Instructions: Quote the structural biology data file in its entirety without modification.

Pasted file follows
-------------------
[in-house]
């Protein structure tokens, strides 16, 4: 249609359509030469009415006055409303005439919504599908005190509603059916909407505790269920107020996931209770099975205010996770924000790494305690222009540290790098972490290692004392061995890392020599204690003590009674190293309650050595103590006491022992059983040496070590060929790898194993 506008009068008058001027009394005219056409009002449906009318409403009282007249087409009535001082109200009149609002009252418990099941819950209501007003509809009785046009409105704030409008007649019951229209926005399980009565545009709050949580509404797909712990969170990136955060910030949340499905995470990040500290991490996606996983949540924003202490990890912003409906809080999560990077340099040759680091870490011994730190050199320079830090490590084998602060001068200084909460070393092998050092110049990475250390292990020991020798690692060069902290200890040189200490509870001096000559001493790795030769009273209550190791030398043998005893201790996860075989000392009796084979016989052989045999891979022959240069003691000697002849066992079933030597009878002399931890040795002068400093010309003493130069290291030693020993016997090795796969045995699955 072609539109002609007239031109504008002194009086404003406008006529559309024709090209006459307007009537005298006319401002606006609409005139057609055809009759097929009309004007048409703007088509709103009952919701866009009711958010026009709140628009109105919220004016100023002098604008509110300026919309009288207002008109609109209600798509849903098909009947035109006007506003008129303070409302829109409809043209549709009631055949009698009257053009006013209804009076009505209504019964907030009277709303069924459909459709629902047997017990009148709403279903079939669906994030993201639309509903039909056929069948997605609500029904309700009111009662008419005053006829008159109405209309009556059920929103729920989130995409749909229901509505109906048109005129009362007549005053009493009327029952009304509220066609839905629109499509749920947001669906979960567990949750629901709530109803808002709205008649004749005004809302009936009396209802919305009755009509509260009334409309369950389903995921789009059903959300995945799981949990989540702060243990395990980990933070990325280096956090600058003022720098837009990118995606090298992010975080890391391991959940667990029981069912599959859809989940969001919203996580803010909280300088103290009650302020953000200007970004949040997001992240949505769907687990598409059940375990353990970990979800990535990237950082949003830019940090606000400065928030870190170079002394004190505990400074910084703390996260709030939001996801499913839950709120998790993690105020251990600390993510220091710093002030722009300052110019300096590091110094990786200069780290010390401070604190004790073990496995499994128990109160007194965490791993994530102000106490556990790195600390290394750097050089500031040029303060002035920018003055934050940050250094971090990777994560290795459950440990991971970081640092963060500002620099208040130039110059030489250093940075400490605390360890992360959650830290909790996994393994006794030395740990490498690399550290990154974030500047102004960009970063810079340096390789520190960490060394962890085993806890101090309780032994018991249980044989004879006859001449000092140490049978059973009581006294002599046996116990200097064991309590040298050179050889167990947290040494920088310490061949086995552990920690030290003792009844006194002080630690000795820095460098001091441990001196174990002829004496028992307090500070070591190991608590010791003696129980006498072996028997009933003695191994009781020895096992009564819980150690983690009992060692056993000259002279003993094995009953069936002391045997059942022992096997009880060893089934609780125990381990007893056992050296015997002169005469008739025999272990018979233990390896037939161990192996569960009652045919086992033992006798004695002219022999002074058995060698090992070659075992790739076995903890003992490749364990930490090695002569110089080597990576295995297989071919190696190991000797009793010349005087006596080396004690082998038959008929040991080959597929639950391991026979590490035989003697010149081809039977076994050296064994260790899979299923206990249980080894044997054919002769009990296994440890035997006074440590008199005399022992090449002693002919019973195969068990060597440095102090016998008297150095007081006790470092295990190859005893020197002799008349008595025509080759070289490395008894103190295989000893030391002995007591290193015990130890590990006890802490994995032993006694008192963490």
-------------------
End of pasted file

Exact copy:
[in-house]
């Protein structure tokens, strides 16, 4: 249609359509030469009415006055409303005439919504599908005190509603059916909407505790269920107020996931209770099975205010996770924000790494305690222009540290790098972490290692004392061995890392020599204690003590009674190293309650050595103590006491022992059983040496070590060929790898194993 506008009068008058001027009394005219056409009002449906009318409403009282007249087409009535001082109200009149609002009252418990099941819950209501007003509809009785046009409105704030409008007649019951229209926005399980009565545009709050949580509404797909712990969170990136955060910030949340499905995470990040500290991490996606996983949540924003202490990890912003409906809080999560990077340099040759680091870490011994730190050199320079830090490590084998602060001068200084909460070393092998050092110049990475250390292990020991020798690692060069902290200890040189200490509870001096000559001493790795030769009273209550190791030398043998005893201790996860075989000392009796084979016989052989045999891979022959240069003691000697002849066992079933030597009878002399931890040795002068400093010309003493130069290291030693020993016997090795796969045995699955 072609539109002609007239031109504008002194009086404003406008006529559309024709090209006459307007009537005298006319401002606006609409005139057609055809009759097929009309004007048409703007088509709103009952919701866009009711958010026009709140628009109105919220004016100023002098604008509110300026919309009288207002008109609109209600798509849903098909009947035109006007506003008129303070409302829109409809043209549709009631055949009698009257053009006013209804009076009505209504019964907030009277709303069924459909459709629902047997017990009148709403279903079939669906994030993201639309509903039909056929069948997605609500029904309700009111009662008419005053006829008159109405209309009556059920929103729920989130995409749909229901509505109906048109005129009362007549005053009493009327029952009304509220066609839905629109499509749920947001669906979960567990949750629901709530109803808002709205008649004749005004809302009936009396209802919305009755009509509260009334409309369950389903995921789009059903959300995945799981949990989540702060243990395990980990933070990325280096956090600058003022720098837009990118995606090298992010975080890391391991959940667990029981069912599959859809989940969001919203996580803010909280300088103290009650302020953000200007970004949040997001992240949505769907687990598409059940375990353990970990979800990535990237950082949003830019940090606000400065928030870190170079002394004190505990400074910084703390996260709030939001996801499913839950709120998790993690105020251990600390993510220091710093002030722009300052110019300096590091110094990786200069780290010390401070604190004790073990496995499994128990109160007194965490791993994530102000106490556990790195600390290394750097050089500031040029303060002035920018003055934050940050250094971090990777994560290795459950440990991971970081640092963060500002620099208040130039110059030489250093940075400490605390360890992360959650830290909790996994393994006794030395740990490498690399550290990154974030500047102004960009970063810079340096390789520190960490060394962890085993806890101090309780032994018991249980044989004879006859001449000092140490049978059973009581006294002599046996116990200097064991309590040298050179050889167990947290040494920088310490061949086995552990920690030290003792009844006194002080630690000795820095460098001091441990001196174990002829004496028992307090500070070591190991608590010791003696129980006498072996028997009933003695191994009781020895096992009564819980150690983690009992060692056993000259002279003993094995009953069936002391045997059942022992096997009880060893089934609780125990381990007893056992050296015997002169005469008739025999272990018979233990390896037939161990192996569960009652045919086992033992006798004695002219022999002074058995060698090992070659075992790739076995903890003992490749364990930490090695002569110089080597990576295995297989071919190696190991000797009793010349005087006596080396004690082998038959008929040991080959597929639950391991026979590490035989003697010149081809039977076994050296064994260790899979299923206990249980080894044997054919002769009990296994440890035997006074440590008199005399022992090449002693002919019973195969068990060597440095102090016998008297150095007081006790470092295990190859005893020197002799008349008595025509080759070289490395008894103190295989000893030391002995007591290193015990130890590990006890802490994995032993006694008192963490």